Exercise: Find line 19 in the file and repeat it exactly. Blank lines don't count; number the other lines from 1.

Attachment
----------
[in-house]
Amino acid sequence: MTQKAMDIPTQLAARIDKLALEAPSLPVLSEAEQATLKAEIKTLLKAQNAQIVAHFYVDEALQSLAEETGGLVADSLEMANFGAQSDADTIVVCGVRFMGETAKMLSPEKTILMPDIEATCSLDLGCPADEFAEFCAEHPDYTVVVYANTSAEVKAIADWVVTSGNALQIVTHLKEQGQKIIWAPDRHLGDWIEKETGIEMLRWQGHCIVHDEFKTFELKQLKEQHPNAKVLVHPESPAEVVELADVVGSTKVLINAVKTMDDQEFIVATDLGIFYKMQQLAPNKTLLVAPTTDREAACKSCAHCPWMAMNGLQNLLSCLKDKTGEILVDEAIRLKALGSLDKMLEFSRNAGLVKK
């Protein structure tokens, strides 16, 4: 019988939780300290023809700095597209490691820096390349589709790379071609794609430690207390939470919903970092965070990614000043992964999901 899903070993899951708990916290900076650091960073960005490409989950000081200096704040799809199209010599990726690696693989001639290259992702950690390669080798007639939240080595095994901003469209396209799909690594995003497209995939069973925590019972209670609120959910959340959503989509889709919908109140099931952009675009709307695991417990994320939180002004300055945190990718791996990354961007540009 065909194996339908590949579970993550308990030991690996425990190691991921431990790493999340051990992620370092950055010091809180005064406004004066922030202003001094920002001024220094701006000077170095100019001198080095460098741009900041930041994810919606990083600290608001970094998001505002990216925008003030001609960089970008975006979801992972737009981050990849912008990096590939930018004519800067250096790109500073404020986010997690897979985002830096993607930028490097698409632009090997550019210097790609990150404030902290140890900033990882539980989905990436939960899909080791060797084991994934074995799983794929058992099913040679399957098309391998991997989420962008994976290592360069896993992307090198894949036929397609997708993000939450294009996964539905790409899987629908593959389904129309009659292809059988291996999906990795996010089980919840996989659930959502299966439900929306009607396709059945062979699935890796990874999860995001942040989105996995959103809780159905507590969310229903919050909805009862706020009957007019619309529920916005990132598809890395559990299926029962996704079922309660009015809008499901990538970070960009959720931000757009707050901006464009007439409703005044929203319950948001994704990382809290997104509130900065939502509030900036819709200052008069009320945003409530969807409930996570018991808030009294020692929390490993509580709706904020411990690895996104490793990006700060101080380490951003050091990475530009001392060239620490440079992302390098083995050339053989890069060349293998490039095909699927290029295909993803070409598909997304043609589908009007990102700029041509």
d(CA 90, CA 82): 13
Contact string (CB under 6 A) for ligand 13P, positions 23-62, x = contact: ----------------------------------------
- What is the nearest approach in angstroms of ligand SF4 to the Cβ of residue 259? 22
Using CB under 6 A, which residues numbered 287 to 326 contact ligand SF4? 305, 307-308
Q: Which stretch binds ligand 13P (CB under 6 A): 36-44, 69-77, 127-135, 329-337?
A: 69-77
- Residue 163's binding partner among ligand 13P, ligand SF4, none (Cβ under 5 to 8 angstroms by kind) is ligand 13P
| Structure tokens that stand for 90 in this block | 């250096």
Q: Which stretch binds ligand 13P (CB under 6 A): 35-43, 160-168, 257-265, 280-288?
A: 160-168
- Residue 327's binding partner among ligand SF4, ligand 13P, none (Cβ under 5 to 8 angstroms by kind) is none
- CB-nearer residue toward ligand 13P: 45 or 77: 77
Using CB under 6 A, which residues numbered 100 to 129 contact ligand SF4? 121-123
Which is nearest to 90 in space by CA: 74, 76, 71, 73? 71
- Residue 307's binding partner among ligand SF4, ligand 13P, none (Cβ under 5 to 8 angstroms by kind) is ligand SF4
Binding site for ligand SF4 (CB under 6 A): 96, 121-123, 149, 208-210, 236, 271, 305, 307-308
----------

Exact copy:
Binding site for ligand SF4 (CB under 6 A): 96, 121-123, 149, 208-210, 236, 271, 305, 307-308